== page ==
For years, girls have been lured into the princess trap, pink-washed into playing with toys like play-based cooking appliances and make-up kits. Rarely, if ever, are toys marketed to girls that emphasize exploration and bravery. Today, young girls are missing out on key skills they could learn from building toys, which for the most part are primarily marketed to boys. Girls should be free to express strength and play with electronics, vehicles, science games, and physical sports, in the same way boys are.
Likewise, very rarely are girls ever encouraged to engage in play-based physical activities. In her book, “Big Body Play,” author Frances Carlson, cites a number of cognitive and physical benefits to boisterous, vigorous, and physical play. 
Whether it’s in the playground or the marketplace, modeling a free, gender-neutral attitude will foster a more progressive and socially inclusive environment for play. As a result, we’ll raise kids with better interpersonal skills, who later on, will be more adept to function in a modern, equal opportunity economy.
Progressive Gender Messaging In Play
For those of us working in children’s media, we realize that the messages we promote leave a lasting impression on kids. Children have minds of their own, but are affected by a sphere of influences, from parents and friends, to television, games, and toys.
Toys are essential to a child’s development. They foster creativity and encourage kids to explore. 
For broadcasters of children’s TV, creating content that's free of harmful gender constructs starts with us.
Often, the animated characters we create are licensed into toys. Together, we can introduce strong female, male, and non-human characters that aren’t limited to tightly constructed gender roles. We can work with the toy industry to license these characters, then partner with retailers to sell them. As a whole, we as children’s TV broadcasters can trigger a domino effect that permeates throughout the industry of children’s media, and in time, is felt in the everyday toy play of children.
To do this, we can follow a simple action plan for change:
1.  Review what we have on air now and phase out content relying on gender stereotypes
2.  Develop original programming that supports characters rooted in progressive gender roles and storytelling
3.  Work with marketing to create compelling campaigns that support this initiative
4.  Ensure consistency of ideas is adhered to in the licensing, toy production, and retail presence of consumer products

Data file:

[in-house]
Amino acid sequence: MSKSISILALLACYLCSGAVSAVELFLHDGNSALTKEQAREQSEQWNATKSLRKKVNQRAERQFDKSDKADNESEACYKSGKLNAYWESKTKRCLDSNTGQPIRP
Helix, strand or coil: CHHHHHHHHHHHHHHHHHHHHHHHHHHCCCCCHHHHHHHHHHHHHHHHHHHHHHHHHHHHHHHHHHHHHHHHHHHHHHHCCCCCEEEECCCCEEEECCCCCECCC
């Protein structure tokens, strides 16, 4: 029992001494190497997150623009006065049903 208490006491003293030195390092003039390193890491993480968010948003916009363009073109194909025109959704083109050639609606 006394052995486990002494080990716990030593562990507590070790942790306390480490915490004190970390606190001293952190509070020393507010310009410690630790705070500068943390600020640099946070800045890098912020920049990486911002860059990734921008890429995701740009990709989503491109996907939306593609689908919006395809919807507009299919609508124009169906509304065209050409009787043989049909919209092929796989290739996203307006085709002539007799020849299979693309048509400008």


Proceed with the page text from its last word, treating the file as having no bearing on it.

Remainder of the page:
Above all, the time is now.
We must set the pace by putting forth progressive ideas about gender in our content. Certainly, gendered toys may make the lives of well-meaning gift-givers easier, but the negative impact of gender-driven marketing on kids is far too costly.
The Future of Play
Thankfully, change is before us. Big name companies like McDonald’s are rethinking their marketing to be more inclusive, so it would appeal to both boys and girls.  
Kids themselves have also been vocal about the issue. A video of a 5-year-old girl named Riley, denouncing gender stereotypes in toys, went viral, after her dad uploaded it on YouTube. It received more than 4 million views, triggering a fierce debate and inspired more action on the issue.
In 2012, Hasbro released a gender-neutral Easy-Bake-Oven. The decision was thanks to the pioneering McKenna Pope, a 13-year-old girl from Garfield, New Jersey, who created a petition on She challenged Hasbro to release its product in gender-neutral colors and to feature both girls and boys on the toy’s packaging. Pope’s petition received over 40,000 signatures. Responding swiftly, Hasbro met with Pope and put her non-gendered toy concept into mass production.
And in Sweden, Top-Toy, the largest toy retailer in northern Europe, broke new ground in 2012, creating a Christmas catalog that is 100% gender neutral. The catalog turns gender perceptions on their head, featuring fully integrated play, with girls shown wielding combat toys and boys shown using houseware. 
United in common cause for a child’s right to play, toy companies, retailers, and media companies are recognizing the shift and wisely following suit.
As makers of children’s media, this is a call to action.
Today, with the endless variety of content for children, we leverage an enormous influence on the lives and social development of kids. Together, with positive and fair-minded messaging, we can eliminate gender stereotypes in our content, and shape the future of play.
The message is loud and clear: Let toys be toys; let kids be kids!
This article was originally published on LinkedIn
Written by
Brandon Lori​​​​​​​